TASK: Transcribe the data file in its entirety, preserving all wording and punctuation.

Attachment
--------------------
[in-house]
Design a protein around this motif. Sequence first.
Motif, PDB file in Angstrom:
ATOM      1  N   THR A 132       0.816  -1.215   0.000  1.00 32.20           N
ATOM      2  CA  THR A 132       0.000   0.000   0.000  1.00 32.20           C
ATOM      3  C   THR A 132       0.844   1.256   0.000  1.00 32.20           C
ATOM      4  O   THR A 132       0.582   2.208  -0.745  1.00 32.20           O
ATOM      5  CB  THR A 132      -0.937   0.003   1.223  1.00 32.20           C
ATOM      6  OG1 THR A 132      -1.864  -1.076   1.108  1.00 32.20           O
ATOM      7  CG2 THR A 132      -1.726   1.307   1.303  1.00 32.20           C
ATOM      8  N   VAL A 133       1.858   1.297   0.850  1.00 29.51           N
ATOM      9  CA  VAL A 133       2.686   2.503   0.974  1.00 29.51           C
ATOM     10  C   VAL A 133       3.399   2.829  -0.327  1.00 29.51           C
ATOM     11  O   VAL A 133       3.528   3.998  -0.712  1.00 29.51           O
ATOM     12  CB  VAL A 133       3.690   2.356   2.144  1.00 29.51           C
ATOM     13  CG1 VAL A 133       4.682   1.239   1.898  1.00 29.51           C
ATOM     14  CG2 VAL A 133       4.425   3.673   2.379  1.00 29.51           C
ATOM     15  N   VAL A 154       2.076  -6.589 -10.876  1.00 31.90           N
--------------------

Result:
[in-house]
Design a protein around this motif. Sequence first.
Motif, PDB file in Angstrom:
ATOM      1  N   THR A 132       0.816  -1.215   0.000  1.00 32.20           N
ATOM      2  CA  THR A 132       0.000   0.000   0.000  1.00 32.20           C
ATOM      3  C   THR A 132       0.844   1.256   0.000  1.00 32.20           C
ATOM      4  O   THR A 132       0.582   2.208  -0.745  1.00 32.20           O
ATOM      5  CB  THR A 132      -0.937   0.003   1.223  1.00 32.20           C
ATOM      6  OG1 THR A 132      -1.864  -1.076   1.108  1.00 32.20           O
ATOM      7  CG2 THR A 132      -1.726   1.307   1.303  1.00 32.20           C
ATOM      8  N   VAL A 133       1.858   1.297   0.850  1.00 29.51           N
ATOM      9  CA  VAL A 133       2.686   2.503   0.974  1.00 29.51           C
ATOM     10  C   VAL A 133       3.399   2.829  -0.327  1.00 29.51           C
ATOM     11  O   VAL A 133       3.528   3.998  -0.712  1.00 29.51           O
ATOM     12  CB  VAL A 133       3.690   2.356   2.144  1.00 29.51           C
ATOM     13  CG1 VAL A 133       4.682   1.239   1.898  1.00 29.51           C
ATOM     14  CG2 VAL A 133       4.425   3.673   2.379  1.00 29.51           C
ATOM     15  N   VAL A 154       2.076  -6.589 -10.876  1.00 31.90           N